Learn­ing to be loved

The Covington News - - Saturday living - Beth McAfeeHall­man Beth McAfee-Hall­man lives in Cov­ing­ton and can be e-mailed at mam­abee@one­fab­u­lous­mama.com.

I learned to not trust any­one who loves me when I was a child. I think many folks do, not just the gag­gle of McAfee chil­dren. Seems to me, most of us spend a large part of our lives play­ing bumper cars with our re­la­tion­ships. We charge at one an­other and then, bounce off into space un­til we make con­nec­tion with the next car. We’re al­ways look­ing over our shoul­ders, afraid and ex­hil­a­rated by the prox­im­ity of the other cars in the ring. It’s a bru­tal, con­fus­ing way to live and so many of us find our­selves lov­ing one an­other pre­cisely this way.

Re­cently, I’ve been given sev­eral op­por­tu­ni­ties to ex­am­ine this con­di­tion­ing, this un­re­lent­ing sus­pi­cion of those who love me. The Uni­verse re­sponds when you seek to heal old wounds and, my good­ness, I’m get­ting les­son af­ter les­son; each one an­other il­lus­tra­tion in trust and love. Each les­son is an­other chance to heal, to re­pair what was bro­ken by a notso-won­der­ful child­hood. Seek and ye shall find, yes?

If you want to learn how to fly, you don’t have to un­der­stand how your wings work. That’s the thing with love. We love one an­other, but we don’t un­der­stand the dy­nam­ics, the lo­gis­tics, the hows and whys of what we’re do­ing. We just love and hope for the best. We just crash our bumper cars into one an­other and let go of the wheel and scream with joy.

I’m the kind of girl who al­ways, al­ways loves in this way. I throw my hands in the air, I fly, and I love with aban­don. Lov­ing peo­ple isn’t the prob­lem. It’s be­ing loved. It’s look­ing over my shoul­der, won­der­ing when and how you will hurt me, let me down, let me fall. It’s brac­ing my­self for the crash of your car against mine and feel­ing not the exhilaration of love and op­por­tu­nity, but the sting of fear and the po­ten­tial for hurt.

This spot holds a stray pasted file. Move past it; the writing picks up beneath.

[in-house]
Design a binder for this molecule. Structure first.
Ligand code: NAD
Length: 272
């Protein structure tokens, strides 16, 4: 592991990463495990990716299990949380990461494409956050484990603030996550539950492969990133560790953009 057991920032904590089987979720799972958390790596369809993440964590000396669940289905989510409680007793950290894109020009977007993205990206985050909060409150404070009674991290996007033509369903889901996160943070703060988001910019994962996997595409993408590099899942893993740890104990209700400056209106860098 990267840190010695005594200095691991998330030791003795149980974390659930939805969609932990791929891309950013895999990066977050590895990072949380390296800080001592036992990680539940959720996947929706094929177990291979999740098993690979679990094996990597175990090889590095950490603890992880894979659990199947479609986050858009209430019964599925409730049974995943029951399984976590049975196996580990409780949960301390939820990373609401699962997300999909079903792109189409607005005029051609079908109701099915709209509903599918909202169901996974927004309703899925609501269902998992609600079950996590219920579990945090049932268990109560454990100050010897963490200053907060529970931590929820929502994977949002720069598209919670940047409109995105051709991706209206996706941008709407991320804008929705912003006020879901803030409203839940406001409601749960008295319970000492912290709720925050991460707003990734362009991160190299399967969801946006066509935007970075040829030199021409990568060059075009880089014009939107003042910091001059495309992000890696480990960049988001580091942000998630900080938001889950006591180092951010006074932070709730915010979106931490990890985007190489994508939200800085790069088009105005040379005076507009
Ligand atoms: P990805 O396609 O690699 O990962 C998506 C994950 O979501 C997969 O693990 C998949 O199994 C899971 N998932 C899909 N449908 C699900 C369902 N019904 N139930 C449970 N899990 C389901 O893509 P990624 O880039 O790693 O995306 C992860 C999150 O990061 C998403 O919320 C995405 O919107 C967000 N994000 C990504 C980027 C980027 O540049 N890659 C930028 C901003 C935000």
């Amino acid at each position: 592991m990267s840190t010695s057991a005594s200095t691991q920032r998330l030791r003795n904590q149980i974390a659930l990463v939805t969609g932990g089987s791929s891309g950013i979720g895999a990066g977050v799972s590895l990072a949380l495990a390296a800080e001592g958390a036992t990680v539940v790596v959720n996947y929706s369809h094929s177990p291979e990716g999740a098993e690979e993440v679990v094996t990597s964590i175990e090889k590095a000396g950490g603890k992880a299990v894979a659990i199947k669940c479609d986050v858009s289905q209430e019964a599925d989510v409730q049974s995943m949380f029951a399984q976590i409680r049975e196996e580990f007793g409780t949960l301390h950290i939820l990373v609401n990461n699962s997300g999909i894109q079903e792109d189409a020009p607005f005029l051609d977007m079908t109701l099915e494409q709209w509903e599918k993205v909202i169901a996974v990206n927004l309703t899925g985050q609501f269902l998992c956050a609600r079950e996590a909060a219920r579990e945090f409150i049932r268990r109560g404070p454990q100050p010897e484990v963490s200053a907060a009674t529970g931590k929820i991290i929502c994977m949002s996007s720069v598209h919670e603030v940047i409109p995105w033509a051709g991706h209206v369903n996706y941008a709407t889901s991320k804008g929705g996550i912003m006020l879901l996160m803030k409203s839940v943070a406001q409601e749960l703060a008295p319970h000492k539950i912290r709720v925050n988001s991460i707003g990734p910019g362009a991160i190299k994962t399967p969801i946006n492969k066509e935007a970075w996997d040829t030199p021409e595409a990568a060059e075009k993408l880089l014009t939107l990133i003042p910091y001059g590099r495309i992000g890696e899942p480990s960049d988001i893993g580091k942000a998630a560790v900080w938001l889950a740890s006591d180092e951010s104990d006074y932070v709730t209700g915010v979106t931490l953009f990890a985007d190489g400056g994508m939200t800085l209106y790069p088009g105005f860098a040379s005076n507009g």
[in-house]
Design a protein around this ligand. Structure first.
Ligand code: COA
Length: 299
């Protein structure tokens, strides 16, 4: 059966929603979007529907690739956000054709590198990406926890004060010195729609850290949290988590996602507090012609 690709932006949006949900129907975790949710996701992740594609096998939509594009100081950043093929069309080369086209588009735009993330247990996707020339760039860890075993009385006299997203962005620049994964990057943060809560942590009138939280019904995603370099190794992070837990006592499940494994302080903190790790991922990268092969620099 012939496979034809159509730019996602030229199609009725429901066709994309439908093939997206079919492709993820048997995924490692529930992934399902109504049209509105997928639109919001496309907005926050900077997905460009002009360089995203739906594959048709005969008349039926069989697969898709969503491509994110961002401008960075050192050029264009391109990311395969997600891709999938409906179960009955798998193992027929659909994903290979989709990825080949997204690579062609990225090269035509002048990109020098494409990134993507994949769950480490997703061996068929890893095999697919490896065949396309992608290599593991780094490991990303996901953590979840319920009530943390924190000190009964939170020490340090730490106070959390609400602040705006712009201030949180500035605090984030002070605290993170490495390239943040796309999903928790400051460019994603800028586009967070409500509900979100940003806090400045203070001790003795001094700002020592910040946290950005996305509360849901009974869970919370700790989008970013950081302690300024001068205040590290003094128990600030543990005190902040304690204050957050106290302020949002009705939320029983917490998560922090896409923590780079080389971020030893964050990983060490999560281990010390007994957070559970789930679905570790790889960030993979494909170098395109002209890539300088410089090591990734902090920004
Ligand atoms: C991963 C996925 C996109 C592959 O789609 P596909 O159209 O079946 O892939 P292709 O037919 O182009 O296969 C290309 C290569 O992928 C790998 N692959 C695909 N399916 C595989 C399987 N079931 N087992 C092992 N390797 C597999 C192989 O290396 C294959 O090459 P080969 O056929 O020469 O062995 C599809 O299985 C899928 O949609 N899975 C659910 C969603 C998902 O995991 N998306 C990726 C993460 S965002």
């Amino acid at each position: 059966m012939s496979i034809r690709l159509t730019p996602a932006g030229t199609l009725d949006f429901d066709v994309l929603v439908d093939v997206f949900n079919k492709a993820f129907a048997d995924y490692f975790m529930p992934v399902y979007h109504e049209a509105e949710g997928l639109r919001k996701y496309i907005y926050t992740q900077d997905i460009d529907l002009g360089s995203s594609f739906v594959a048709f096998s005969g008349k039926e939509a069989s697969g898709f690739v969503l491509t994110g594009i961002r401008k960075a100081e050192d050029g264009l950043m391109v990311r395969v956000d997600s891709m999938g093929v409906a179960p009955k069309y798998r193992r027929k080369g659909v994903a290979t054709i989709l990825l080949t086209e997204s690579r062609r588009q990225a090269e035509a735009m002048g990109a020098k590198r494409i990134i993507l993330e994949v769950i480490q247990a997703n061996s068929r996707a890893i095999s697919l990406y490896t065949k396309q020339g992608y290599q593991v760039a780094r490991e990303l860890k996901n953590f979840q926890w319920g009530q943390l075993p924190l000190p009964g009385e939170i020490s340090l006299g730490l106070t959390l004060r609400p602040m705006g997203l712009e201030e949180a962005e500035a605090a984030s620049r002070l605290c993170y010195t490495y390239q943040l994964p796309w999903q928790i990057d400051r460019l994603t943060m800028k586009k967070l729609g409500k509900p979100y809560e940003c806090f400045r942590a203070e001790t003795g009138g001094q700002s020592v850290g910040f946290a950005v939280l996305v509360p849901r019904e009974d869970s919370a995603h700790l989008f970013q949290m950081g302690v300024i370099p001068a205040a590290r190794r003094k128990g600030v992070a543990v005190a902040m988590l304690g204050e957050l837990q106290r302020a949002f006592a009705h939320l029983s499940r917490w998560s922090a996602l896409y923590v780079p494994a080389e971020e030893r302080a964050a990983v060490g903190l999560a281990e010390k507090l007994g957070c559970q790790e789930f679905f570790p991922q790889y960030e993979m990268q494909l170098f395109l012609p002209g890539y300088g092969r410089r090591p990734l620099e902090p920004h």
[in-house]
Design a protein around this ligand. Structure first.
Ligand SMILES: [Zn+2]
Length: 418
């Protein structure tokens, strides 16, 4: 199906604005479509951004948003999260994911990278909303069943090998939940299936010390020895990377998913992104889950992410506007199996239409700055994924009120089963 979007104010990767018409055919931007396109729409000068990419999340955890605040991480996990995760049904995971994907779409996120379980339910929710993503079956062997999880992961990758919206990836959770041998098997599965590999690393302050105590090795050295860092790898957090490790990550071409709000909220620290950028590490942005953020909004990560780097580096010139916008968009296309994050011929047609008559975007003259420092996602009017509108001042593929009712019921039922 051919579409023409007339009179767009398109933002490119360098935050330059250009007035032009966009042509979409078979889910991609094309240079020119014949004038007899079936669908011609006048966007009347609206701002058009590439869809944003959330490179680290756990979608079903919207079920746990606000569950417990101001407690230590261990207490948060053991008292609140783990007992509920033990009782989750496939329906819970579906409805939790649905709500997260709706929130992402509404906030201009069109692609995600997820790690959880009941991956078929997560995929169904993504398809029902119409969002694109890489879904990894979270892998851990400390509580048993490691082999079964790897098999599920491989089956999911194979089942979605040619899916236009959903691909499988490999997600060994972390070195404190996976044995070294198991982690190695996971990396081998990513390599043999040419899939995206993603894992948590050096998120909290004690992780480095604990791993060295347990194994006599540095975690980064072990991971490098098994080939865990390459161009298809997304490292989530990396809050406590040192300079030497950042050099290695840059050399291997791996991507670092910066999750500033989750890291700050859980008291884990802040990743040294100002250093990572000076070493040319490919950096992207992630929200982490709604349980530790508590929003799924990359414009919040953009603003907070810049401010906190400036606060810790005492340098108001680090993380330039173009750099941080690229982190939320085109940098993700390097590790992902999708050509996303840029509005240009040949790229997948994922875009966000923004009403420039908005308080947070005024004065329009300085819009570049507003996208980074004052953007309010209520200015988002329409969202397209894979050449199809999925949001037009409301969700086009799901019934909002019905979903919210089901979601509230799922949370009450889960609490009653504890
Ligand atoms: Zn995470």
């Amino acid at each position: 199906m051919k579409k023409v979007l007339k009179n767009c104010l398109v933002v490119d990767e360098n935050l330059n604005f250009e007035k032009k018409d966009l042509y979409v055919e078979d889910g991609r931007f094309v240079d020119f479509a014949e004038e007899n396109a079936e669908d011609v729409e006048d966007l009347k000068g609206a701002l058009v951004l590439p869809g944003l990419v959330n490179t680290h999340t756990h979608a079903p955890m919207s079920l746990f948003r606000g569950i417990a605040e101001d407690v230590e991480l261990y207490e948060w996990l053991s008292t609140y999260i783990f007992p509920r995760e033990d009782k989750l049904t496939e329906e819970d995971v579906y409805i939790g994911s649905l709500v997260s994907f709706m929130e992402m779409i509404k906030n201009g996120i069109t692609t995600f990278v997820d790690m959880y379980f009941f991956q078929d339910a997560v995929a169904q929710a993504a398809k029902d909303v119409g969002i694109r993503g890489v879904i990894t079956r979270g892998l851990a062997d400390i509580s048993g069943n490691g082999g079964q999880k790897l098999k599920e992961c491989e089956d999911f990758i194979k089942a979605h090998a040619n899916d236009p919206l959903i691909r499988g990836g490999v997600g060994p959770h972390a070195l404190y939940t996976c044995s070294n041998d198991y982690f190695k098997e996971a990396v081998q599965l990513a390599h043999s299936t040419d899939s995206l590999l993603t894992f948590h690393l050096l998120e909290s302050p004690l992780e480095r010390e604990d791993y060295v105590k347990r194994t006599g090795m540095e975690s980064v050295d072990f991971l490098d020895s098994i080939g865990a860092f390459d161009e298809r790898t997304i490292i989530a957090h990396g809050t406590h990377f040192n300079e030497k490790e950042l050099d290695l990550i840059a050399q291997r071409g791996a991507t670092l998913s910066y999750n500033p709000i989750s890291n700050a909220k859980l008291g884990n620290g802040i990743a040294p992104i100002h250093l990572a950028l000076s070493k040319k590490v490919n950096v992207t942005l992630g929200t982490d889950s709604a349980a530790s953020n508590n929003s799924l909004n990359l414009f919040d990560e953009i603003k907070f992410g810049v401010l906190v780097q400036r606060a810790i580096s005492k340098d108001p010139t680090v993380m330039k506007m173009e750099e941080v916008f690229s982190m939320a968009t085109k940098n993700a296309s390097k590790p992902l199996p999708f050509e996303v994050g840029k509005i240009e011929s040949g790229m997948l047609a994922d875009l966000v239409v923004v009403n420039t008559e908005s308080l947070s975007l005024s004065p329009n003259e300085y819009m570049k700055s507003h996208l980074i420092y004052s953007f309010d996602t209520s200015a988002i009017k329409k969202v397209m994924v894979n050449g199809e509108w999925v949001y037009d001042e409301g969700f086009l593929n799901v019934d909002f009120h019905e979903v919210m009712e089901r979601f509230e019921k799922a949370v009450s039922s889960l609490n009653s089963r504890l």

How do I learn to ac­cept the love I’m given with­out wait­ing for the other shoe to drop? When you love me, I ex­pect you to yell, to lie, to find fault, to un­der­mine my hap­pi­ness, be­lit­tle my suc­cess, and ridicule me. Isn’t that ter­ri­ble? When you love me and you don’t be­have like the ghosts of my past, I spend my time wait­ing for that other shoe. How do I learn to be loved fully es­pe­cially when I have this pro­cliv­ity for lov­ing? How do I re­pro­gram, re­con­di­tion, heal? How does some­one who loves so freely, so openly, so abun­dantly learn to be fully em­braced and loved?

The lessons I’ve sought and been given over the past few weeks have been dif­fi­cult to process, my friends. I have been given an op­por­tu­nity to take in­ven­tory of my­self. I was will­ing to sub­ject my ego to some beat­ing over the past few days. I think when we seek growth and heal­ing, we have to be open to how the Uni­verse presents it. That One­ness has to be ac­knowl­edged! I am mo­ti­vated to im­ple­ment some pos­i­tive changes in my jour­ney be­cause of these lessons. Not only am I mo­ti­vated, but part of me that was frac­tured has healed and I find my­self stand­ing taller and stronger than ever.

I think learn­ing to be loved has to start with lov­ing all the frac­tured pieces of my­self-in­fant Beth; lit­tle Beth; teenage Beth; sui­cide Beth; young wife Beth; and so on and so on un­til we reach this beau­ti­ful whole per­son, this glo­ri­ous Me. I’ve been col­lect­ing the pieces, reach­ing back and find­ing more and more of who I was, so I can con­tinue on to who I am be­com­ing.

I love with my soul scream­ing wildly into the night, with a smile so big it could light the world. My bumper car is steer­ing off course and, most likely, right at you. In­stead of brac­ing my­self for your love, I’m go­ing to keep gath­er­ing those pieces of Me. Ev­ery lit­tle piece of who I am longs to be pres- ent and healed to ex­pe­ri­ence the great­est power in the Uni­verse. Love.

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